A Navy sailor was sentenced to a year in jail Friday for taking pictures of a nuclear propulsion system after he unsuccessfully used the “Hillary defense” in an attempt to avert the charge of unauthorized retention of defense information.
Lawyers for Kristian Saucier, the sailor, attempted to use the Hillary Clinton defense to get him out of hot water for taking pictures of classified systems aboard the USS Alexandria in 2009.
What this defense refers to is the fact that Hillary Clinton managed to dodge criminal charges because the Federal Bureau of Investigation said there was an absence of evidence that she intentionally misused classified info, the Hartford Courant reports.
Prosecutors sloughed off the defense, saying it was essentially “grasping at highly imaginative and speculative straws in trying to further draw a comparison to the matter of Secretary Hillary Clinton based upon virtually no understanding and knowledge of the facts involved, the information at issue, not to mention any issues if intent and knowledge.”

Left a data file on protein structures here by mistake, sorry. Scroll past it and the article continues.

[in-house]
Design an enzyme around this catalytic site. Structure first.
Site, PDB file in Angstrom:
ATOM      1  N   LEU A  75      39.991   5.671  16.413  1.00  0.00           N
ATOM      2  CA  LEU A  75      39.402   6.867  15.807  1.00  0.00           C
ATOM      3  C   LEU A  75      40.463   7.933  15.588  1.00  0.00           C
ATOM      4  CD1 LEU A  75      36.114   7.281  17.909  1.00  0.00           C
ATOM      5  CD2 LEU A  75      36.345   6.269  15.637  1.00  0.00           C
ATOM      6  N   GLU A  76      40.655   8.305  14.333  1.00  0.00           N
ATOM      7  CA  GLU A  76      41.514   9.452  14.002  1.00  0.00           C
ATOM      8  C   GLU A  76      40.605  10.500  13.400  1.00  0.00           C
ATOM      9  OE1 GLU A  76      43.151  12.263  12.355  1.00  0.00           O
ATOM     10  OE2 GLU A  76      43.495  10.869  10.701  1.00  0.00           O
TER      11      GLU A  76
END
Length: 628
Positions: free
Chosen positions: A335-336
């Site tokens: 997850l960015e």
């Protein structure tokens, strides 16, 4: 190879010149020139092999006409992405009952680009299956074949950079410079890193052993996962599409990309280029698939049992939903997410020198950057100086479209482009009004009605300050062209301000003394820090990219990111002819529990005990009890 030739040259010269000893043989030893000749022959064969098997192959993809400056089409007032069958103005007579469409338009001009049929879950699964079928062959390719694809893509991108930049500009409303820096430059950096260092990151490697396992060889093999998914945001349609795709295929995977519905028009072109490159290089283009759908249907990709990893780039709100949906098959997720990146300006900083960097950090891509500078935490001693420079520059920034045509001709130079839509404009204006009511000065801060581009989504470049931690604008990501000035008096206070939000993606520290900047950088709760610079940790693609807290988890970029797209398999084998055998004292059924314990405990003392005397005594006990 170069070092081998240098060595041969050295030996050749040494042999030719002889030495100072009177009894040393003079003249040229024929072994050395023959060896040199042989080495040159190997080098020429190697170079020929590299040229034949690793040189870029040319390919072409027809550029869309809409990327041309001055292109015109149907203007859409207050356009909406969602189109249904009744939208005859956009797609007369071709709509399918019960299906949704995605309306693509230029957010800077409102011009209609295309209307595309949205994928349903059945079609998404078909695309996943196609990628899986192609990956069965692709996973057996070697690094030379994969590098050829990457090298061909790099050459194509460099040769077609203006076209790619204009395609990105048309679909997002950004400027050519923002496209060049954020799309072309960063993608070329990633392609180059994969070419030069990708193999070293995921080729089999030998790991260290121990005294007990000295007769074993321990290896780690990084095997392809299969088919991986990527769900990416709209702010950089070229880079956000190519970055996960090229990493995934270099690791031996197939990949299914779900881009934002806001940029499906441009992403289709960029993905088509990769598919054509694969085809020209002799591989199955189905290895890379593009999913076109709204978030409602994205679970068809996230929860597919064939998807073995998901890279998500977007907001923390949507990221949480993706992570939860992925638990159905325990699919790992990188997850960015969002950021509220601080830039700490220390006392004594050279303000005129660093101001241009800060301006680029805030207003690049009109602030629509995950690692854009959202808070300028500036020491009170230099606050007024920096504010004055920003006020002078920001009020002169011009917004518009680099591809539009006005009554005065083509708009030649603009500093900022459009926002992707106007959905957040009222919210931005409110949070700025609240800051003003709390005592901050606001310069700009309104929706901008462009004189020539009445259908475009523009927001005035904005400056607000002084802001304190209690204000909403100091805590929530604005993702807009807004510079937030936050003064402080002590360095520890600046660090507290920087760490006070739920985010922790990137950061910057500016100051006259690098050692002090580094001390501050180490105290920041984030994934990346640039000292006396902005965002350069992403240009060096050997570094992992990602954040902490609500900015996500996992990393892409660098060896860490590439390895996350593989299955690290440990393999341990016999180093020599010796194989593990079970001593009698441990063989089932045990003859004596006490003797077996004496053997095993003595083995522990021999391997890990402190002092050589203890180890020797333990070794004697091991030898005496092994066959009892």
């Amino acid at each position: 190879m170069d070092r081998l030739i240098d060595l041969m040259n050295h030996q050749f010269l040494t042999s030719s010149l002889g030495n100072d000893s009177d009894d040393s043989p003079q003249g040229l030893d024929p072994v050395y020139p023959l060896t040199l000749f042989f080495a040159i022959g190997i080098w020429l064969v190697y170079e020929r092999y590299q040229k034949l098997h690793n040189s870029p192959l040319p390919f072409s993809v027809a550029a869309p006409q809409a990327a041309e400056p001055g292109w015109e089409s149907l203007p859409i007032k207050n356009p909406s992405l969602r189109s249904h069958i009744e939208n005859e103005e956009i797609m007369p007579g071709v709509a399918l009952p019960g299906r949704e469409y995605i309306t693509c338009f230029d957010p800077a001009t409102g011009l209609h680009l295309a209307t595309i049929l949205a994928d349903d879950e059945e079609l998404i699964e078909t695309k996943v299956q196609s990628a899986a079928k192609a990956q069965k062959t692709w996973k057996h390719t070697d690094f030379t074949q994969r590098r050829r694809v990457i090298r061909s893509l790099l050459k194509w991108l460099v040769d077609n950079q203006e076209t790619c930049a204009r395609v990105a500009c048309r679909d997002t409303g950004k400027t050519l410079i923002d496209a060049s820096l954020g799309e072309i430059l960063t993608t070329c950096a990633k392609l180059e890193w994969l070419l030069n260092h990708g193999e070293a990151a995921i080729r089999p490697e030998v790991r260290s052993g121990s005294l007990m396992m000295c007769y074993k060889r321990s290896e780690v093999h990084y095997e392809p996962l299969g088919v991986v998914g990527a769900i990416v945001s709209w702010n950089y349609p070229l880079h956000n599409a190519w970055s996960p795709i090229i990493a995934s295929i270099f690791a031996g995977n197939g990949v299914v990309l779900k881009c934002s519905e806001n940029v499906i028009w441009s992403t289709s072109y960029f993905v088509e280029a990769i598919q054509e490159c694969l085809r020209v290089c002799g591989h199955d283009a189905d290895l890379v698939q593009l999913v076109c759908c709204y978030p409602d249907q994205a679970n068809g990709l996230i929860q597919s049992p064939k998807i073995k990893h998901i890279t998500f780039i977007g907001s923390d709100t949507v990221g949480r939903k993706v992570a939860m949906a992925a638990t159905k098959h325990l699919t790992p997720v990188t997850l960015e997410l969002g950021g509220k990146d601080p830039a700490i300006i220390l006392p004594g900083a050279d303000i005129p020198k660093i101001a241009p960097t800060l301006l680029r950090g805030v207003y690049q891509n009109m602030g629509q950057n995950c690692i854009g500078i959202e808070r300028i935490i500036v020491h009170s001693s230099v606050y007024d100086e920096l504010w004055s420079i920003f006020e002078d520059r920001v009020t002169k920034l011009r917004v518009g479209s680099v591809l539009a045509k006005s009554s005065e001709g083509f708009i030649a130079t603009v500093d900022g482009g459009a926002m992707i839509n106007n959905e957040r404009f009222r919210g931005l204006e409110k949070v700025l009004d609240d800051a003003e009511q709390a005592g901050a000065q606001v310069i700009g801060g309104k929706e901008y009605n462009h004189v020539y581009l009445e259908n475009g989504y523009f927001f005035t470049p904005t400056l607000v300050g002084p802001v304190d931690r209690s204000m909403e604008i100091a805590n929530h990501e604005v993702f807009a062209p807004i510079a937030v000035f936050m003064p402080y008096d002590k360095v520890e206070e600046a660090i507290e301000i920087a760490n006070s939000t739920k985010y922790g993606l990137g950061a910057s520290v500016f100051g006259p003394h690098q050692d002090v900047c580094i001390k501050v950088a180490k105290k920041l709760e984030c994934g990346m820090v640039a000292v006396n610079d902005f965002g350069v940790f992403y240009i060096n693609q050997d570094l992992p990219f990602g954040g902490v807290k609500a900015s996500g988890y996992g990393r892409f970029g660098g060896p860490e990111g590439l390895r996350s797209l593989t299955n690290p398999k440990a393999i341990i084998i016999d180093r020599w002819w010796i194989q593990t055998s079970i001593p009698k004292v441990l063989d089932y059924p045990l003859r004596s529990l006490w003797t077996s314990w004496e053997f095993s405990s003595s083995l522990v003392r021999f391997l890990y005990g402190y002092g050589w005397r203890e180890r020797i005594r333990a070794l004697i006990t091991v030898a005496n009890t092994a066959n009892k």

Not only did the defense fail, but U.S. District Judge Stefan Underhill criticized Saucier’s lawyers for even bringing it up in the first place.
“The question of selective prosecution is a very tenuous issue to raise at the time of sentencing,” Underhill noted.
“Both sides have tried to equate this case to other cases,” Underhill added. “But to a very significant degree, Mr. Saucier brought that upon himself because he destroyed the evidence that could have proven his innocence or at least proven he was not acting at the behest of someone else.”
Saucier confessed to taking photos of the submarine back in 2009 when he served as a 22-year-old machinist mate, saying he wanted to show the pictures to his family and future children. Following an interview with the FBI in 2012, he destroyed all evidence of the pictures, meaning the Naval Criminal Investigative Service could not confirm his claims that he did not share the photos with unauthorized people.
“It was a foolish mistake by a very young man,” Saucier’s lawyer, Greg Rinckey, said. “It’s a very sad case because Kristian Saucier is a fine young man. We don’t believe this was really his true character.”
It is likely Saucier will receive an “other than honorable discharge” for his indiscretion.
Saucier plead guilty in May and will head to prison starting on October 12.
Saucier must also remain at home for a six-month period after he is released as the first part of a three-year-long supervised release.
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